Thursday, October 16, 2008

Mormon epistemology, part 7

The rest of the story...

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A long time ago when I first talked to some Mormon missionaries and went through their presentation, I did pray about it, asking God whether it was true. I prayed that prayer because at the time I thought it was at least possible that it could be true, and I figured it couldn't hurt to pray about it. But I didn't get any warm fuzzy, and I had no inclination whatsoever to think that it was true. In fact, I felt just the opposite. What does a Mormon say in response to that? Was it because I was insincere? Or was it because I was wicked? If a feeling of acceptance confirms that it is true, why doesn't a feeling of rejection confirm that it is false?

Well, I had not read the BOM at that time except for the few passages the missionaries recommended for me, but now I have. And having read it, I'm even more convinced than I was before that it is not an ancient document and that it is definitely not the word of God. I don't think it's possible for me to pray that prayer with any sincerity. It would be like you praying to ask God whether it's okay for you to commit murder as if you didn't already know [I'm indebted to James R. White from Alpha and Omega Ministries for this point]. It would be dishonest for you to pray such a prayer to God, and it would be dishonest of me to pray to God to ask him whether the BOM is true when I think God has already revealed that to me.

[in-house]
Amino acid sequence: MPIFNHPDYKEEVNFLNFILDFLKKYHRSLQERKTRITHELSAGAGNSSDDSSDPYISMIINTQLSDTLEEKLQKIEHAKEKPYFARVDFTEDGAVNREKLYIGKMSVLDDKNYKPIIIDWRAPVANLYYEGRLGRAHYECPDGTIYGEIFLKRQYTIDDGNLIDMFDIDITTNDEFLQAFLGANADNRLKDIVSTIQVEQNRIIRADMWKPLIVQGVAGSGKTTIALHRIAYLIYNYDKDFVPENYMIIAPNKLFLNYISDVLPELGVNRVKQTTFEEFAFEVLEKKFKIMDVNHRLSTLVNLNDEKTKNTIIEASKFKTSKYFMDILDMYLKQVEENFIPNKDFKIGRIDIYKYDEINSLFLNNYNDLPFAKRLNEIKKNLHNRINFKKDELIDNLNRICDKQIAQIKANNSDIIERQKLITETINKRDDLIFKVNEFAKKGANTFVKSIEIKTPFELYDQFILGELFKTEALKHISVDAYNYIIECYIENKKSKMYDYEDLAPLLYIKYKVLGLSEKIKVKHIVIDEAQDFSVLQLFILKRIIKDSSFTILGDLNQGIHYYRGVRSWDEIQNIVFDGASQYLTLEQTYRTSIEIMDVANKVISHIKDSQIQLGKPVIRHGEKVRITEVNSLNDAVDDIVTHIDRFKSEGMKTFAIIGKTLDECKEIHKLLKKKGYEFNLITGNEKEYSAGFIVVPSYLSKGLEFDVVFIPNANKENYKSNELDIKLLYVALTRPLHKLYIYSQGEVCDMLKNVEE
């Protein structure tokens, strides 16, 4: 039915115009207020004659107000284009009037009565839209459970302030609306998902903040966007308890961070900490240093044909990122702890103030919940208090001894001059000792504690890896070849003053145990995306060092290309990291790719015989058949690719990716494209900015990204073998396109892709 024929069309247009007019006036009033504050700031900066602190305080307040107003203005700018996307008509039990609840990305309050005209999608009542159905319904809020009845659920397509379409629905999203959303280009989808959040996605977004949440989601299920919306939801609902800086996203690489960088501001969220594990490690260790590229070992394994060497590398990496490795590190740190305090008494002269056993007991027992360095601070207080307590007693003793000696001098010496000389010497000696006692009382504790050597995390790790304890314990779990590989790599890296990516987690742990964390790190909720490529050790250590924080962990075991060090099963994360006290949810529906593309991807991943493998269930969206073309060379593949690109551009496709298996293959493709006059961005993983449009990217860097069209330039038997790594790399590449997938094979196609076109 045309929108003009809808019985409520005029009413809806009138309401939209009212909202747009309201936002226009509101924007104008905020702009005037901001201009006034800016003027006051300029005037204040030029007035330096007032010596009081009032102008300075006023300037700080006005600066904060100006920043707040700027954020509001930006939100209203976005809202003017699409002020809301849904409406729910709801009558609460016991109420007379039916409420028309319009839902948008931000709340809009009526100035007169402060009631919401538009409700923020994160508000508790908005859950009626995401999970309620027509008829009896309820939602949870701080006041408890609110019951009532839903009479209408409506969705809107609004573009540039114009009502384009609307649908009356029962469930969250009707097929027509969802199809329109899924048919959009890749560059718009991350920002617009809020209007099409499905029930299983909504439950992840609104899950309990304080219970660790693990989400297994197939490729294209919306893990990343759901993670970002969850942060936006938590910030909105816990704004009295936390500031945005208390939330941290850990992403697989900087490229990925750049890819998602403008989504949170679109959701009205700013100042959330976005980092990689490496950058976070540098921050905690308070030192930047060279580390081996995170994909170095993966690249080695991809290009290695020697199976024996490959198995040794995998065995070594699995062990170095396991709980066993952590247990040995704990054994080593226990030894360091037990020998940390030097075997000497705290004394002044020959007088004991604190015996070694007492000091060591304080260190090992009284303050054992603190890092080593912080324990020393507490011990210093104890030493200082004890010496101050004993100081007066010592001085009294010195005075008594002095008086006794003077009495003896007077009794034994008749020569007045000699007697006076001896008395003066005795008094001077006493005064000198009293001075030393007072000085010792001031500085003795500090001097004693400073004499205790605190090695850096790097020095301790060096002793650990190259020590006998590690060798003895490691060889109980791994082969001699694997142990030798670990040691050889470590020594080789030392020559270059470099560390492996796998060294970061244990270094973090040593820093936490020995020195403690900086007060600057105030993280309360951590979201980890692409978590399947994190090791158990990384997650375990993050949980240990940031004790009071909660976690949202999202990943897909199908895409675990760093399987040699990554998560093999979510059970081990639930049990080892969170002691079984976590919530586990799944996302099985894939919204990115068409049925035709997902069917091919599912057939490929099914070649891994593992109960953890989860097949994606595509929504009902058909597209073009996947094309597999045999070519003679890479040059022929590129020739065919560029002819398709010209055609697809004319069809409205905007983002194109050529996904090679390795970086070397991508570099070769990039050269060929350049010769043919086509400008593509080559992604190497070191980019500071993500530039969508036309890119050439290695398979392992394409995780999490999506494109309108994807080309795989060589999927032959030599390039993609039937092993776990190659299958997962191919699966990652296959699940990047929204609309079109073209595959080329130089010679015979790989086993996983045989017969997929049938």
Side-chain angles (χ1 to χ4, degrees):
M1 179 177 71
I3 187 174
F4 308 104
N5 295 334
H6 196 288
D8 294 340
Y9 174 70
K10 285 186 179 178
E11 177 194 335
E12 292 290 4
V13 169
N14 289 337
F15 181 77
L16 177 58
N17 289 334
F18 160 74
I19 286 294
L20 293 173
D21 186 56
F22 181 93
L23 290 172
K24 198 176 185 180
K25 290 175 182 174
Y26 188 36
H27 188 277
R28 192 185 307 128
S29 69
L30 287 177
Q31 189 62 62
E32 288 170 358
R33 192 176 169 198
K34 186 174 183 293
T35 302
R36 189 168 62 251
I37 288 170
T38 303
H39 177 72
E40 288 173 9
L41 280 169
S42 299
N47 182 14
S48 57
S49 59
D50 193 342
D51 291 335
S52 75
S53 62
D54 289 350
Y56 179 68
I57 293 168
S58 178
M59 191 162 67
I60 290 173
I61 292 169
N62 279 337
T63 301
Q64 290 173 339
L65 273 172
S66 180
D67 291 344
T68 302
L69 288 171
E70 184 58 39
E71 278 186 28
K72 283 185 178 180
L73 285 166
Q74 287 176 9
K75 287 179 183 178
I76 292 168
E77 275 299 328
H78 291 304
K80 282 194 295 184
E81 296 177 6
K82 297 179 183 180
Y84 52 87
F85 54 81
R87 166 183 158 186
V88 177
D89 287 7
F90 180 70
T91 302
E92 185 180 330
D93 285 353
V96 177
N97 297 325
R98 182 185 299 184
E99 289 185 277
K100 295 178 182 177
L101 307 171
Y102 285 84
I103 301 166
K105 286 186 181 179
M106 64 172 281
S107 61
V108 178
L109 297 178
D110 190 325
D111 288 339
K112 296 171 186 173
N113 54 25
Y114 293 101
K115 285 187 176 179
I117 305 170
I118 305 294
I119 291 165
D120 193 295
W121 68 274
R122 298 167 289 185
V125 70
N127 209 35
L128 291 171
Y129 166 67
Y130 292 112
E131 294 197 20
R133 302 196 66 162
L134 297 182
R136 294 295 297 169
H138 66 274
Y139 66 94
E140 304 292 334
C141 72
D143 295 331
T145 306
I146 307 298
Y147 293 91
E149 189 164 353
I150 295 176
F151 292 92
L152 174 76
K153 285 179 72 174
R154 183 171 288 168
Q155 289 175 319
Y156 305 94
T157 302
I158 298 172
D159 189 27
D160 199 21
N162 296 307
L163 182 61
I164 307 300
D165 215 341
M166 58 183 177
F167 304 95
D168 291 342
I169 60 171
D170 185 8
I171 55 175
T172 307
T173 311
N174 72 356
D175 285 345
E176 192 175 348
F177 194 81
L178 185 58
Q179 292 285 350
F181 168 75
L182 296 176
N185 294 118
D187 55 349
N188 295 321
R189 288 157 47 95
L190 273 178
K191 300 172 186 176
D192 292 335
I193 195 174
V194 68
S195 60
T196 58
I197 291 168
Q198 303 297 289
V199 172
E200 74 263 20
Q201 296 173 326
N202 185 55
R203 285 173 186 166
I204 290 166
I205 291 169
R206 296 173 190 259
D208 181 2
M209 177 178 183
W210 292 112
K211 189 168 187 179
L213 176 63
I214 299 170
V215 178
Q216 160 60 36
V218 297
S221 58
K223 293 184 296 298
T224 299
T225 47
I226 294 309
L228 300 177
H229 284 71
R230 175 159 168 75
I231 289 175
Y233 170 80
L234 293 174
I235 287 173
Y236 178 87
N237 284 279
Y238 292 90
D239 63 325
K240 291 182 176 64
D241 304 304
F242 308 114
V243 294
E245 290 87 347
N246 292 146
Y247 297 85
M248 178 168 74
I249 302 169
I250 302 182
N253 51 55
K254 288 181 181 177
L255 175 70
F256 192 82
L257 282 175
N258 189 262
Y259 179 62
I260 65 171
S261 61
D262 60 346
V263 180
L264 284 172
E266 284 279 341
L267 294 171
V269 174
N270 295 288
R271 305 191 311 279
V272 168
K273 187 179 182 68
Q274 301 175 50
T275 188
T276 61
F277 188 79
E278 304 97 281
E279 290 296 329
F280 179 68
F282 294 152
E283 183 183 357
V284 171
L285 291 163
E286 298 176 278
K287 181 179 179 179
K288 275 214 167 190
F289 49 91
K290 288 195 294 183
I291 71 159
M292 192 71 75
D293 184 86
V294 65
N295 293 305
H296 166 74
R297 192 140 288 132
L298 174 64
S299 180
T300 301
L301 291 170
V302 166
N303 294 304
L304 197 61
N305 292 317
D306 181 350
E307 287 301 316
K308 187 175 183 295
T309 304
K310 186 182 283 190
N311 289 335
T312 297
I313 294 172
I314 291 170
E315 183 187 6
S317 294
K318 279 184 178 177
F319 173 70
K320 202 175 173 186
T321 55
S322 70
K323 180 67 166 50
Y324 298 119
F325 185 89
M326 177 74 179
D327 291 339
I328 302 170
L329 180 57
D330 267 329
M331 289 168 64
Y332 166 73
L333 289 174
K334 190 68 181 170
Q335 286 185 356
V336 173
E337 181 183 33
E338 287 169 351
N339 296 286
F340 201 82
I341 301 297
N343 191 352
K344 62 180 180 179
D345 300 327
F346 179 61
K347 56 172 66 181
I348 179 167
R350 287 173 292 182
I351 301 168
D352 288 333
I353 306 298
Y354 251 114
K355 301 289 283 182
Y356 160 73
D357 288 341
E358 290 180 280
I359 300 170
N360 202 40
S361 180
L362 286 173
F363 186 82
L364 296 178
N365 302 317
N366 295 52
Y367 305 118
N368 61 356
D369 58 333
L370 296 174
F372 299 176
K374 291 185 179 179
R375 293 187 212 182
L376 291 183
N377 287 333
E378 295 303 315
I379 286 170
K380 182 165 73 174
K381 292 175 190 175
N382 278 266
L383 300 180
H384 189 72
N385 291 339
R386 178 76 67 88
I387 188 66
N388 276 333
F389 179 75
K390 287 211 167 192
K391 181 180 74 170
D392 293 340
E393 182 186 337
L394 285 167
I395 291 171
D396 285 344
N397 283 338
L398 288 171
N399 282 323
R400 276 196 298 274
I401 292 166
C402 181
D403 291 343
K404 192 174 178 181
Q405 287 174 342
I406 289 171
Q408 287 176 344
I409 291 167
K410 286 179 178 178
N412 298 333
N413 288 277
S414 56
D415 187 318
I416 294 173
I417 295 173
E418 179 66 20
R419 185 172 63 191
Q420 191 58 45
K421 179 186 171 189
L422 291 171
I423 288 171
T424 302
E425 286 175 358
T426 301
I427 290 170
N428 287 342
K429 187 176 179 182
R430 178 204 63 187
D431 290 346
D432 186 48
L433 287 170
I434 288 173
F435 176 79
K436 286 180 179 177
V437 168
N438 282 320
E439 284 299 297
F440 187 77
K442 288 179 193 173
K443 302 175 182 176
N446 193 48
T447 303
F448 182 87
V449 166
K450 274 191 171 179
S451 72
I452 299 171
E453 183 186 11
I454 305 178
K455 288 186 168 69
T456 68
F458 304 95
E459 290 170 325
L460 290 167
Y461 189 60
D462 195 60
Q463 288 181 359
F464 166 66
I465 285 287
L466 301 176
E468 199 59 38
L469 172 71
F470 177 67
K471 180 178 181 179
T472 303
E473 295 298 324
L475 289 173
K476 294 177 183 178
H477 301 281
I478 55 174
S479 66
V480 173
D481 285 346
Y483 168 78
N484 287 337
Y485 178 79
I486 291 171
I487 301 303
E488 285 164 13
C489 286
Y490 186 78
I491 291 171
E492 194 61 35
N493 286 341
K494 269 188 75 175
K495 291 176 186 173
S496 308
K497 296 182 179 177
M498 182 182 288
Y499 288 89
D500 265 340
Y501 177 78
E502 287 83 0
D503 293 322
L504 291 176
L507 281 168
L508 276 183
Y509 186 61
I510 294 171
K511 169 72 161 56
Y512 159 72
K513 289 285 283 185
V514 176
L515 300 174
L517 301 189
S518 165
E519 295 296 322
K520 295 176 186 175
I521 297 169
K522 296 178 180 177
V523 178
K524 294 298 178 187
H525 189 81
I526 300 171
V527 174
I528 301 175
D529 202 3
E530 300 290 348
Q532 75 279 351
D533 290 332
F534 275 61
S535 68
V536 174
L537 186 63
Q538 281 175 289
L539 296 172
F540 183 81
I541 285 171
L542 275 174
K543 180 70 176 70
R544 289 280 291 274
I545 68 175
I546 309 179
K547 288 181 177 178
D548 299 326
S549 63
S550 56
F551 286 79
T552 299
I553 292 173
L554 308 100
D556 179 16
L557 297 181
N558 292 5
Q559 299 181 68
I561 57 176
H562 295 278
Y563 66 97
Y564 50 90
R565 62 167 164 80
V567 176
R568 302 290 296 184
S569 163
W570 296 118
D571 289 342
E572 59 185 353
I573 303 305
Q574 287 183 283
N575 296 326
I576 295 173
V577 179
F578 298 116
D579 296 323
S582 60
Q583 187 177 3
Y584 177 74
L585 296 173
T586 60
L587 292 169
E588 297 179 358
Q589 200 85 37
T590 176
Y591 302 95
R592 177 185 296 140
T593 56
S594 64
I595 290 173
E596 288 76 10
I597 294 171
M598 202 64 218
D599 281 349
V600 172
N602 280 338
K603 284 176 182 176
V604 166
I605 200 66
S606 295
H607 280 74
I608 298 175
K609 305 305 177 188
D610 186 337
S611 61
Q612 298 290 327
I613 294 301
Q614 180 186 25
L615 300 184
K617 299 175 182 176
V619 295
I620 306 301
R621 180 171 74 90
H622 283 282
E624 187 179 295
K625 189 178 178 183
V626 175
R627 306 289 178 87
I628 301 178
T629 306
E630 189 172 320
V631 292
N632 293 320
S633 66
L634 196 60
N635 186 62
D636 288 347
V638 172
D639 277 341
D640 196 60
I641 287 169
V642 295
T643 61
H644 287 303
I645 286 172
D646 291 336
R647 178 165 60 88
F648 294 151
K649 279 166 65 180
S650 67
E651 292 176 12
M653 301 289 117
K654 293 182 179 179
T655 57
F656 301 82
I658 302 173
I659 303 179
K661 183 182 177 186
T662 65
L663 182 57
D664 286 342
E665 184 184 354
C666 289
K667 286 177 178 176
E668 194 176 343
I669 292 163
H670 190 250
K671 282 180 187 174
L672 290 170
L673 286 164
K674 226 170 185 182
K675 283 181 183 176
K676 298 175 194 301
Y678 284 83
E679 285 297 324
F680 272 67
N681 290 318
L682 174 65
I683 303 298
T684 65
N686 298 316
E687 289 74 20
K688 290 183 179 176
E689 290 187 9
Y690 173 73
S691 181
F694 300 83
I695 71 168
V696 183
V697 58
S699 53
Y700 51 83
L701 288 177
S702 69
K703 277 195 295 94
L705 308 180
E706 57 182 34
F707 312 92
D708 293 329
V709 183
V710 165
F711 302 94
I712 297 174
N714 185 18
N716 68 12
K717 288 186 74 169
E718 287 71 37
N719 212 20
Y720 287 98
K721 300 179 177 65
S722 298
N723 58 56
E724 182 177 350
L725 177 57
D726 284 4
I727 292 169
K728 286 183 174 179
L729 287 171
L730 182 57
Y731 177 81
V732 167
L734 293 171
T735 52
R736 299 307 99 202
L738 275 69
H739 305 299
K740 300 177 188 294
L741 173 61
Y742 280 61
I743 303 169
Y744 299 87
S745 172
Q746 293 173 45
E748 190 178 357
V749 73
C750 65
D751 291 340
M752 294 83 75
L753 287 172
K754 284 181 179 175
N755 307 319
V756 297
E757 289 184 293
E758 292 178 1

Nevertheless, I do think it's at least possible--remote as that possibility may be--that the Book of Mormon is true. But just because something is possible doesn't mean it's reasonable to believe. I also think it's possible that we're plugged into the Matrix and that our perception of the external world is just generated by a computer plugged into our brains. The mere possibility doesn't create any serious doubt in my mind, though. I'm pretty confident, just based on the use of the cognitive faculties and resources God has already given me that the external world exists, that it is pretty much the way it appears to be, and that the Book of Mormon is not the word of God.

Now don't get me wrong. I'm not saying that I'm just as sure that the BOM is false as I am that the external world exists. I'm much more confident that the external world exists than that the BOM is false. I'm just making the point that mere possibility is not enough to entertain serious doubt or belief about something. And unless I had serious doubt or belief, I don't think I could go to God with a sincere question. God would know I was lying if I ever went to prayer asking him whether the external world exists or is just an illusion.

Well, this is longer than I meant to write. Sorry about that. I have one question for you, though. If, hypothetically, Joseph Smith is not a true prophet, and the Book of Mormon is not true, how could a person know it? It seems like the only test Mormons employ is prayer and a subjective experience. But anybody who prays that prayer and does not get a confirmation that it's true, you can say that they are insincere or wicked. How, then, could anybody tell that it is not true if it's not true?

Do you think it's possible for somebody to get a strong feeling, a conviction, a burning in the bosom, etc. about something if that thing is untrue?

It seems to me that this test in the BOM only works one way. It can verify something, but it can't falsify something. It's interesting. The Bible gives us several methods of falsifying a prophet, but not many to verify a prophet. But the BOM gives one test to verify a prophet, but nothing to falsify a prophet.
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...and that's the end of my email to George. Next, I will post some of his response.

Part 8

1 Comments:

At 10/17/2008 5:14 PM , Blogger Paul said...

Interesting point you make: how could we pray "sincerely" if we were not first inclined to think that it might be true? If we've got intellectual problems with Mormonism, then we have little hope of a sincere prayer that may lead to the subjective witness of its truth.

 

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